Door 9: Conservation of parasite biodiversity

Conservation of biodiversity is increasingly recognized as an important challenge, and numerous reports have addressed the ongoing loss of biodiversity and pinpointed the potential consequences. Even a sixth, man-induced mass extinction has been intensively discussed (e.g., https://www.nhm.ac.uk/discover/what-is-mass-extinction-and-are-we-facing-a-sixth-one.html). Frequently, the focus of such discussions is on endangered iconic species that easily attract public attention such as e.g., polar bears or rhinoceros. But what about parasites? Do they deserve conservation efforts as well? In a previous seminar of the FEZ research group at the Natural History Museum Oslo we discussed this topic, starting with a very recent contribution by Joshua I. Brian entitled ‘Parasites in biodiversity conservation: friend or foe?’ to the prestigious scientific journal Trends in Parasitology.

It is certainly true that the overall reputation of parasites is very low, and the term parasite first of all triggers negative associations. Shall we actually conserve such species? Isn’t their loss first of all a relief for those that suffer from parasites? And naturally the focus here is on species parasitizing humans, pets and farm animals, and perhaps also crops. We may start to think a bit more differentiated when we recall that parasitism is the most species-rich mode of animal life on Earth. There are estimates that there are roughly 100 000–350 000 worm-like parasitic species of vertebrates alone with the majority of them unknown to science (Carlson et al. 2020). Given the sheer number of parasitic species will tell us: we must care!

But is there something positive with parasites? The answer is certainly ‘yes’, especially when we look at their role in species communities and ecosystems. What are the benefits of parasites? In very general terms, parasite species are indicators of a healthy host species communities. As was pointed out they stabilize ecosystems and increase food web stability (Lafferty et al. 2008). At the same time they represent an important food source themselves, a curious fact to illustrate the point: a recent study concluded that the total biomass of exceeds that of aquatic insects in the Oregon streams (Preston et al. 2020). Furthermore, parasites may also contribute to recycling of organic matter. There is certainly many more positive effects that could be listed.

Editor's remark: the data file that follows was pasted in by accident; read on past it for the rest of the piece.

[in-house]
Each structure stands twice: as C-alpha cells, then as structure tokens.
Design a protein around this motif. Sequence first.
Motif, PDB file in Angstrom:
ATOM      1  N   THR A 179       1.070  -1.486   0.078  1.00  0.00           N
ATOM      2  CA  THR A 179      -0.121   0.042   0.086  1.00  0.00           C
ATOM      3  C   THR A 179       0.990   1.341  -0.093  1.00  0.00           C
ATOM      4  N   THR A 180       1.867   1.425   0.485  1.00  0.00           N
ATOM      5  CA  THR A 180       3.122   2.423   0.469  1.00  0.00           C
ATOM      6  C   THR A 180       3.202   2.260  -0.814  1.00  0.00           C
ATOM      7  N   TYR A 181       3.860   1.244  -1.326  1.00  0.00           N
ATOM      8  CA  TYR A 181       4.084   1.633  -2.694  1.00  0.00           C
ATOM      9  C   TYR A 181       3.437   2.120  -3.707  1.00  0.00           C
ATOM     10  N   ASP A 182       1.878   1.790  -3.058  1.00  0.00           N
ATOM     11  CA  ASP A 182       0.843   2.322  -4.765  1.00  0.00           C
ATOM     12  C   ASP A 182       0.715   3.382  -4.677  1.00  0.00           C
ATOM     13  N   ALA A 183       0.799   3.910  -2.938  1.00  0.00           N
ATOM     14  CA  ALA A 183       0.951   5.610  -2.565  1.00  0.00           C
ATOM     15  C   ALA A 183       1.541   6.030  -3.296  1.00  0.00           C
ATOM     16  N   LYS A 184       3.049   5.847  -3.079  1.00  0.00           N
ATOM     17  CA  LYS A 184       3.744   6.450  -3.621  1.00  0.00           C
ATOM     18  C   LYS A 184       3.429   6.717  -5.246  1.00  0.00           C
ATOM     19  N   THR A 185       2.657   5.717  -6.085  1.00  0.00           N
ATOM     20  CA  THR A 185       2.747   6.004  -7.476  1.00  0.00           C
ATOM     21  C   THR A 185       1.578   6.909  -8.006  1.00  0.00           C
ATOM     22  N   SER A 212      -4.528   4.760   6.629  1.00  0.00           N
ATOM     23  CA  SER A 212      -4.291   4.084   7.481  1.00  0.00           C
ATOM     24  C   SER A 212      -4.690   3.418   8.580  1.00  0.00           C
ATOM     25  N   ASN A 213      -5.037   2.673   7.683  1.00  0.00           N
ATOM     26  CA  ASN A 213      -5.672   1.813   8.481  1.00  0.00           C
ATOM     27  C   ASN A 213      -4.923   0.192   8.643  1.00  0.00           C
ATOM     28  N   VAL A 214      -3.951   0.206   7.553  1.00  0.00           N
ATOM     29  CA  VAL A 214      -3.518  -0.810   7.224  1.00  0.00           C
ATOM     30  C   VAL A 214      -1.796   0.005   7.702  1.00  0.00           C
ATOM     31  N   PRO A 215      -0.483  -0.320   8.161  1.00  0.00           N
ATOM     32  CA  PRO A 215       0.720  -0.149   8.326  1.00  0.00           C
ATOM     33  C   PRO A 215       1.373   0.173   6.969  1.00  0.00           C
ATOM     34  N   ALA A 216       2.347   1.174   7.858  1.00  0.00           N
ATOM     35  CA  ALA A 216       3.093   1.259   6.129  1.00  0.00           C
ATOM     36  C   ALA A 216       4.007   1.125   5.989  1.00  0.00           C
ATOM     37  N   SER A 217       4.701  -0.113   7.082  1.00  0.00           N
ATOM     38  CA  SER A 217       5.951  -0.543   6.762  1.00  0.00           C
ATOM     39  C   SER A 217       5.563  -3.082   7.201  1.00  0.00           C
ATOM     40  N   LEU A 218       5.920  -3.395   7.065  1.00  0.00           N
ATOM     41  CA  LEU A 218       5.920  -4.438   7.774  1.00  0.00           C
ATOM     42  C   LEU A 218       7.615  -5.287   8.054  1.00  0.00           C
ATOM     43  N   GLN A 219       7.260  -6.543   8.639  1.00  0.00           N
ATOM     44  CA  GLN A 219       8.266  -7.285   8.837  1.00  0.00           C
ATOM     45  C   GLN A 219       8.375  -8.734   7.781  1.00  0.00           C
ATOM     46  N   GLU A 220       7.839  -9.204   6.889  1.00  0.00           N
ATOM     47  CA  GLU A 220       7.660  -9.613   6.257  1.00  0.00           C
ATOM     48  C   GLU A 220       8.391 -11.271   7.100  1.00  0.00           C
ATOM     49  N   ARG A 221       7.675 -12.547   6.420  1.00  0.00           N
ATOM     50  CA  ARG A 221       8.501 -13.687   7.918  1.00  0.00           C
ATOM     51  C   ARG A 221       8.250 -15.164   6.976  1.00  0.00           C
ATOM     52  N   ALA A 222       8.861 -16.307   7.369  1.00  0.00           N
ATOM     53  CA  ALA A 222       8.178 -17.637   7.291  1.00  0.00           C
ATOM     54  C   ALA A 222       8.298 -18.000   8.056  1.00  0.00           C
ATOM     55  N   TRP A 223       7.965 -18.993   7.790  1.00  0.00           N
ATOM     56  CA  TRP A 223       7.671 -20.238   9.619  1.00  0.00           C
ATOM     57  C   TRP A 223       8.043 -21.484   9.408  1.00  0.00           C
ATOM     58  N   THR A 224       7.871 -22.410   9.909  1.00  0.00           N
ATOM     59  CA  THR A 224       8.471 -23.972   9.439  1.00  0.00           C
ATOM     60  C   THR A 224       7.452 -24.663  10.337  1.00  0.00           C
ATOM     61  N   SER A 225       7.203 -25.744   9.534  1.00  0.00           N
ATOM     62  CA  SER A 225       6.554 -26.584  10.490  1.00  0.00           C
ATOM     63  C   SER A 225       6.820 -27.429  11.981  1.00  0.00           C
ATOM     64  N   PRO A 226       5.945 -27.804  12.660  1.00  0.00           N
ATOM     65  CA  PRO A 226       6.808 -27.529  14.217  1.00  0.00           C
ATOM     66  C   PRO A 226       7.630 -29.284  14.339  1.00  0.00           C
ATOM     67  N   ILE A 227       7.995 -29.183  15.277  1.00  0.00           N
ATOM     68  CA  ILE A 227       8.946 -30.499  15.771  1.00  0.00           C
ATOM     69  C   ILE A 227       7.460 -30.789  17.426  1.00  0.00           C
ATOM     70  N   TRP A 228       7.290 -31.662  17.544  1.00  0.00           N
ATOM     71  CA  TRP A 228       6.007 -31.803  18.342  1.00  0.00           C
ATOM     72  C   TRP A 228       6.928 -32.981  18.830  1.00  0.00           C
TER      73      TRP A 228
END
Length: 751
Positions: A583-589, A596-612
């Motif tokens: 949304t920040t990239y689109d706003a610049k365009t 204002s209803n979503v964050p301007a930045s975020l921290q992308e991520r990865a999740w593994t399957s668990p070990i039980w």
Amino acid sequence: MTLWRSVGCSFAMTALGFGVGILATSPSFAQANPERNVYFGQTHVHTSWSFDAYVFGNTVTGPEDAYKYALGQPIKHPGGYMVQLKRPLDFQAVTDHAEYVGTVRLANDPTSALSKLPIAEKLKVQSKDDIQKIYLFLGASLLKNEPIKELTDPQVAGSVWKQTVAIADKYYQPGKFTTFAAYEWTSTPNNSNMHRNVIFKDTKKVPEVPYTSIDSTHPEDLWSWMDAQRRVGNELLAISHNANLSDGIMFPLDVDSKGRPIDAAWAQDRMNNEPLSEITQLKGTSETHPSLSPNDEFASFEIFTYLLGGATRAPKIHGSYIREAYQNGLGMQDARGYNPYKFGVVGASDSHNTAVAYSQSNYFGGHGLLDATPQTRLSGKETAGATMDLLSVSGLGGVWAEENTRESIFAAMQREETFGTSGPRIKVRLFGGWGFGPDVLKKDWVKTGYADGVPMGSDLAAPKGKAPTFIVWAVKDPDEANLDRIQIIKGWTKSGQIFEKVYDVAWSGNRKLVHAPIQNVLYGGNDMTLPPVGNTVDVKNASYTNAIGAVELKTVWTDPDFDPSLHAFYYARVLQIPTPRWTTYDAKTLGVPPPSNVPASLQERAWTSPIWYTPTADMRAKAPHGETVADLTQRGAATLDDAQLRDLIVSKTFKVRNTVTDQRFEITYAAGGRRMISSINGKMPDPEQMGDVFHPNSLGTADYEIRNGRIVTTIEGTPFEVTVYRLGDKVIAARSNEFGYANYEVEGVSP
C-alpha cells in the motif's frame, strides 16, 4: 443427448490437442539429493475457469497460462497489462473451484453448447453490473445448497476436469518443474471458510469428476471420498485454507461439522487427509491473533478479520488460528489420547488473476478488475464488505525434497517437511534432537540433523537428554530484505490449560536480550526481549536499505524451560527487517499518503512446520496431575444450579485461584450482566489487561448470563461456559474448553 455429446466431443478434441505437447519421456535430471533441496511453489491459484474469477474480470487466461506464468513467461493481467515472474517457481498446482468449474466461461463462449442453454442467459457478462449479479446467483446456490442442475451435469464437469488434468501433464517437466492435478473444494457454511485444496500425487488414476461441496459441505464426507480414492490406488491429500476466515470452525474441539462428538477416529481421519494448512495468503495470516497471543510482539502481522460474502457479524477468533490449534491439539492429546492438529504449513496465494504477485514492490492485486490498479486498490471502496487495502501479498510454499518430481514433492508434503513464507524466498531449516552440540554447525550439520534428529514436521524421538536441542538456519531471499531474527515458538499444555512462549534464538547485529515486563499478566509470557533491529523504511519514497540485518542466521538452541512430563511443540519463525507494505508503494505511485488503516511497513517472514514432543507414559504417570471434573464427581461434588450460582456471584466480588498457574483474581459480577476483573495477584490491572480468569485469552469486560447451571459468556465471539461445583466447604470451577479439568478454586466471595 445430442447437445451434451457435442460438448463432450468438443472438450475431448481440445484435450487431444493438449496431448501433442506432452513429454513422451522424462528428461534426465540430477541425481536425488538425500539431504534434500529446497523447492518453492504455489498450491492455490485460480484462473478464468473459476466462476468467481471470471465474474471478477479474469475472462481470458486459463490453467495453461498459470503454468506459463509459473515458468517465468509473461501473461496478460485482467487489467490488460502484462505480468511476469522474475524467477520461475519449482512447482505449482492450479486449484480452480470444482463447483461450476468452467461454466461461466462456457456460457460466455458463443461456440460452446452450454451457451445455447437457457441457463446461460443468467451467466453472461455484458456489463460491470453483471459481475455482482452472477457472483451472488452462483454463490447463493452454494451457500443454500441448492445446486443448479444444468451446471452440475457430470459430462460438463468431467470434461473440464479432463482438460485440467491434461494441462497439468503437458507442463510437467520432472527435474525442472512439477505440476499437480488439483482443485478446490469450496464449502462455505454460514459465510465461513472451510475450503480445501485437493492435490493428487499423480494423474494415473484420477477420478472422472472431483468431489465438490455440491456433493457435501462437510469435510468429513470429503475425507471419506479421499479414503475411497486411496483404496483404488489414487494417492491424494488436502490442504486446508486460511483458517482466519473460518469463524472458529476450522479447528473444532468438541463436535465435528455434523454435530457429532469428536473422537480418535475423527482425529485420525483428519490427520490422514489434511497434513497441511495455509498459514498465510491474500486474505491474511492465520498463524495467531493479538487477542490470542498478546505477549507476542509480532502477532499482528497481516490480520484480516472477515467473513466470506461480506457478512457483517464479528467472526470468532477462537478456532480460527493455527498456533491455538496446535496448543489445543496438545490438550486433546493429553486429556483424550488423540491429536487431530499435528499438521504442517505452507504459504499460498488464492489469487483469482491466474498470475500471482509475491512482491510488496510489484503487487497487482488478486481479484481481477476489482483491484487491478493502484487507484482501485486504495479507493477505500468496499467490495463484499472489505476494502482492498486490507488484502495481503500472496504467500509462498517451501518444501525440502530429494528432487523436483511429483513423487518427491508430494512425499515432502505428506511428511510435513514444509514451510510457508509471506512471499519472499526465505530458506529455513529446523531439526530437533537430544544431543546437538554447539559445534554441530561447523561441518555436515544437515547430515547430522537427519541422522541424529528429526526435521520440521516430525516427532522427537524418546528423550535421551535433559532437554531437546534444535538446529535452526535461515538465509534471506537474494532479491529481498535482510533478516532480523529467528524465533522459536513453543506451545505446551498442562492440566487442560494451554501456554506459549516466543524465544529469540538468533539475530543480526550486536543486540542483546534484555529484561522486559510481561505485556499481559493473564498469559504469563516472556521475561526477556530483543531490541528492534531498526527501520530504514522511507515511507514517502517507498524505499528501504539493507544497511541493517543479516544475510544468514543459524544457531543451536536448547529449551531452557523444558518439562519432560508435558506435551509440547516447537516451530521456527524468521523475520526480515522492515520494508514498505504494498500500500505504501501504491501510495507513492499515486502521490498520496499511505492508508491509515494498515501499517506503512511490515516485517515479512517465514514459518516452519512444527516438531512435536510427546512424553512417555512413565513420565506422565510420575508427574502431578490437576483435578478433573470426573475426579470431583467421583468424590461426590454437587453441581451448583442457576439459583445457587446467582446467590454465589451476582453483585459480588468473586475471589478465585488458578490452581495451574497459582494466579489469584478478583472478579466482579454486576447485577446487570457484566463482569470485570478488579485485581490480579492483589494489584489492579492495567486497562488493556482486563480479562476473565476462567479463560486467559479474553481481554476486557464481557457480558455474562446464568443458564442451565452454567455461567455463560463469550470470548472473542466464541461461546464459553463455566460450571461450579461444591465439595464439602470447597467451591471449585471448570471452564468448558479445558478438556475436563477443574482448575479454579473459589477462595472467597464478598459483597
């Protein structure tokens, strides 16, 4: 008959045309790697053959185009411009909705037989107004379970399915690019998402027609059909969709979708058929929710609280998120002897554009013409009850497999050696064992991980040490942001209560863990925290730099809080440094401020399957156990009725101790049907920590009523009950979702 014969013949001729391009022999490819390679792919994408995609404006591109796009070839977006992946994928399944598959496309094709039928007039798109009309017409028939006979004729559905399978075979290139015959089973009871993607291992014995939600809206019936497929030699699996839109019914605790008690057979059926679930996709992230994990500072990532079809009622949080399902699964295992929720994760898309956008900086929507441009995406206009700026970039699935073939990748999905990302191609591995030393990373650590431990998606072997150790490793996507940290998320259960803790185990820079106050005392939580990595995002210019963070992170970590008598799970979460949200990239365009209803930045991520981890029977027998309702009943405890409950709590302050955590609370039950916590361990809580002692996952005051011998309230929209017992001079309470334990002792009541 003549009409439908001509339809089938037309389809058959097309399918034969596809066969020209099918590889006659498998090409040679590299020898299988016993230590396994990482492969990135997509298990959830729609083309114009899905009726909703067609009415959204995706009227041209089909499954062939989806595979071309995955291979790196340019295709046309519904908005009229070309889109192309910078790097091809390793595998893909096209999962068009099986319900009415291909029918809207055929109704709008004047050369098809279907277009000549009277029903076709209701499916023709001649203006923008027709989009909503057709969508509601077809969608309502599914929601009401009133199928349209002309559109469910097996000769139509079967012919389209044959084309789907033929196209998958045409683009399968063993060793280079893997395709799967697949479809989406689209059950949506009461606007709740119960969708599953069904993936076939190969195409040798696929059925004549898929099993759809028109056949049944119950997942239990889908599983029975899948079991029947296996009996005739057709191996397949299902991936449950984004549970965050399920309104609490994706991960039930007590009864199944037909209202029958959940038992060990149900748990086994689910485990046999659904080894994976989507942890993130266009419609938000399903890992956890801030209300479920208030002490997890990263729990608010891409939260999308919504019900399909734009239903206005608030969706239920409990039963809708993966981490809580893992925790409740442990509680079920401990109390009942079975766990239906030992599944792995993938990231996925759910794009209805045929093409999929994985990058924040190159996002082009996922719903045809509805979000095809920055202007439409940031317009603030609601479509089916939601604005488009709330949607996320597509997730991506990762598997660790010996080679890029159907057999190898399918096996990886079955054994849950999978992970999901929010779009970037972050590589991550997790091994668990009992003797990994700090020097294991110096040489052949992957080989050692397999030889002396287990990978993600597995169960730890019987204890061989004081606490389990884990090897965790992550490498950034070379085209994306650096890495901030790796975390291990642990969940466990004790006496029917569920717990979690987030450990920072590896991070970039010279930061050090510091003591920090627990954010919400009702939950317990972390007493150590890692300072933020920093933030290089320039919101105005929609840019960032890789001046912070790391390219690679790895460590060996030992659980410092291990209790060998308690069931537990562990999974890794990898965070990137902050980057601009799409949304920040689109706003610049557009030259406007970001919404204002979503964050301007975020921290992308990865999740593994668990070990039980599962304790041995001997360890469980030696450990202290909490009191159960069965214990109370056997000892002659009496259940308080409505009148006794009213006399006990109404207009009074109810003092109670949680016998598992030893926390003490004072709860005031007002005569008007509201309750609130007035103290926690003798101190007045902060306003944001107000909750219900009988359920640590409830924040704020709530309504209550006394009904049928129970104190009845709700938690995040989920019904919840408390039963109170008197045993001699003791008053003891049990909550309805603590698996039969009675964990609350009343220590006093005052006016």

So, I consider it very good news that recently the IUCN (International Union for Conservation of Nature) started a SSC (Species Survival Commission) parasite specialist group to address the issue of conservation of endangered parasitic species. You may follow their activities either on their website or on social media, e.g., on Facebook.

Finally, it shall be noted that we enjoyed a lively discussion of the topic during the seminar, and agreed that there is a need for change of attitudes towards parasite species and parasitic lifestyle.

Further Reading:
Brian. 2023. Parasites in biodiversity conservation: friend or foe? Trends in Parasitology 39. https://doi.org/10.1016/j.pt.2023.05.005
Carlson et al. 2020. What would it take to describe the global diversity of parasites? Proc. R. Soc. B. 2872020184120201841. https://doi.org/10.1098/rspb.2020.1841
Lafferty et al. 2008. Parasites in food webs: the ultimate missing links. Ecology Letters 11: 533-546. https://onlinelibrary.wiley.com/doi/10.1111/j.1461-0248.2008.01174.x
Preston et al. 2020. Trematode parasites exceed aquatic insect biomass in Oregon stream food webs. Journal of Animal Ecology 90: 766-775. https://doi.org/10.1111/1365-2656.13409

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